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Kate Nash experiments with Girl Talk

By in Culture

Kate Nash Girl TalkKate Nash is back with her third album Girl Talk.

The English singer/songwriter returns with a new sound after her critically well-received second album, My Best Friend Is You, suffered disappointing sales.

Generally categorized as an independent rock and pop artist, Nash does more than stick to the genre label. Throughout Girl Talk Nash adds notes of electronic, harsh punk-inspired tones and the lyrical rhythms of rap and hip hop to her repertoire.

With 15 tracks on the album, Girl Talk excels at a variety of sounds but lacks consistency. Some of the songs on the album sound off. The mixing is peculiar, especially on the more instrumental tracks, where the vocals sometimes disappear completely. This may have been done on purpose, but it is jarring and unpleasant on “All Talk” and “Oh.”

The album, however, is not in any way terrible. Plenty of tracks are well-mixed and they feature a unique combination of genres.

One of the biggest highlights from the album is “Are You There, Sweetheart?” The indie rock tune combines Nash’s haunting vocals with high-pitched guitar to create a sound that stands out from the heavier tones on the rest of the album.

“Death Proof” is another great track, and one inspired by the Quentin Tarantino movie of the same name. It would fit perfectly into the soundtrack of a grindhouse movie with its drum-heavy beat and steady guitar riffs.

The biggest miss on the album is “Rap for Rejection,” which highlights the album’s inconsistencies. The guitar work matches the rest of the album, but Nash’s normal, complementary vocals are replaced by spoken word/rap vocals. Genre-hopping isn’t necessarily a bad idea, but moving away from the album’s sturdy core of rock exploration into rap is an experiment gone awry.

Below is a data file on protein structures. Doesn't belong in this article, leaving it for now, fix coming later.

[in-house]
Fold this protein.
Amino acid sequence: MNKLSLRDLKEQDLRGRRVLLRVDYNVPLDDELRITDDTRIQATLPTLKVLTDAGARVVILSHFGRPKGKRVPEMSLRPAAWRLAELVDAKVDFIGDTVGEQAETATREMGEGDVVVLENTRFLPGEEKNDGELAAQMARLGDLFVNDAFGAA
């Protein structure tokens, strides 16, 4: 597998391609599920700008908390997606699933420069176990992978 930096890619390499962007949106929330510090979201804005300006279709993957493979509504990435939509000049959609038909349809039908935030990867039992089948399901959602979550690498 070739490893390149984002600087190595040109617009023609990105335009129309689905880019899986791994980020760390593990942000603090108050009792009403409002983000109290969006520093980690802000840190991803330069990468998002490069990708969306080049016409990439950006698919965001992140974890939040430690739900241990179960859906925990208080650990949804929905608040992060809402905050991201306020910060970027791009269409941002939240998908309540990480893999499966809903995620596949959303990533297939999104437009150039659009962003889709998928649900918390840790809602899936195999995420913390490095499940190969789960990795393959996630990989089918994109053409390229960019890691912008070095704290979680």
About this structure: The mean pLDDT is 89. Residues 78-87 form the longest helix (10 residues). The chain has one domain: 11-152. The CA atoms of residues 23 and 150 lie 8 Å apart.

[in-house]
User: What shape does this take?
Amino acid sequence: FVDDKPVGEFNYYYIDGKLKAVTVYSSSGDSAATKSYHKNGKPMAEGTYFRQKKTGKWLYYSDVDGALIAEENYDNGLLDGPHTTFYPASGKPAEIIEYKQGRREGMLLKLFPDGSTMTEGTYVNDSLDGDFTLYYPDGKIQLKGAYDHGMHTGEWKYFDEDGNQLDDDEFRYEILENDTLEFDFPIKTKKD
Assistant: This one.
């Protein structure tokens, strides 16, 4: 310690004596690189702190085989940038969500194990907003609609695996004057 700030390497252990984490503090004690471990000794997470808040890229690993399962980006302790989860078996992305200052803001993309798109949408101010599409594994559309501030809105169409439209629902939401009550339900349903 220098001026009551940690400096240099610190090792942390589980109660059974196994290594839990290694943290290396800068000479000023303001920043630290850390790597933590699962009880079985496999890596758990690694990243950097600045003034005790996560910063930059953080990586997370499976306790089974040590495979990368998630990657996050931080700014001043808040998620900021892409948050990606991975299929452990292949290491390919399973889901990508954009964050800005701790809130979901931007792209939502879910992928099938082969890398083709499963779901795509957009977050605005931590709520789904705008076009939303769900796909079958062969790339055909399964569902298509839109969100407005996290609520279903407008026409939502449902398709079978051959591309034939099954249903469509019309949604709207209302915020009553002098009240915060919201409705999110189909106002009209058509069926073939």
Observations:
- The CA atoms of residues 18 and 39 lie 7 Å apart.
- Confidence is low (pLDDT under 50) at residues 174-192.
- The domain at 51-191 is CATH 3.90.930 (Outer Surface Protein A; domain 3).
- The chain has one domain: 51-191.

Of course, most of the album is thoroughly enjoyable and is not hampered by any of these technical or stylistic issues.

“Sister,” laden with punk-rock tones, stands out as it is driven by Nash’s lyrical prowess. “Lullaby for an Insomniac” closes the album wonderfully. With a slow build-up focused on Nash’s lyrics and a quick transition that redirects the listener’s attention to the loud, dark, punk-rock presence of the album, “Lullaby for an Insomniac” is Girl Talk’s greatest asset.

Girl Talk is a good album with small issues in consistency and mixing. Still, the great parts of the album vastly outshine its minuscule missteps.

As the third album of her career, Girl Talk shows Nash’s musical evolution. By combining the indie rock and pop from her early albums with electronic tones and punk-rock themes, Nash has made this album a must-hear for fans of many different genres.

Nash’s Girl Talk arrives in stores March 5.

Image: Supplied

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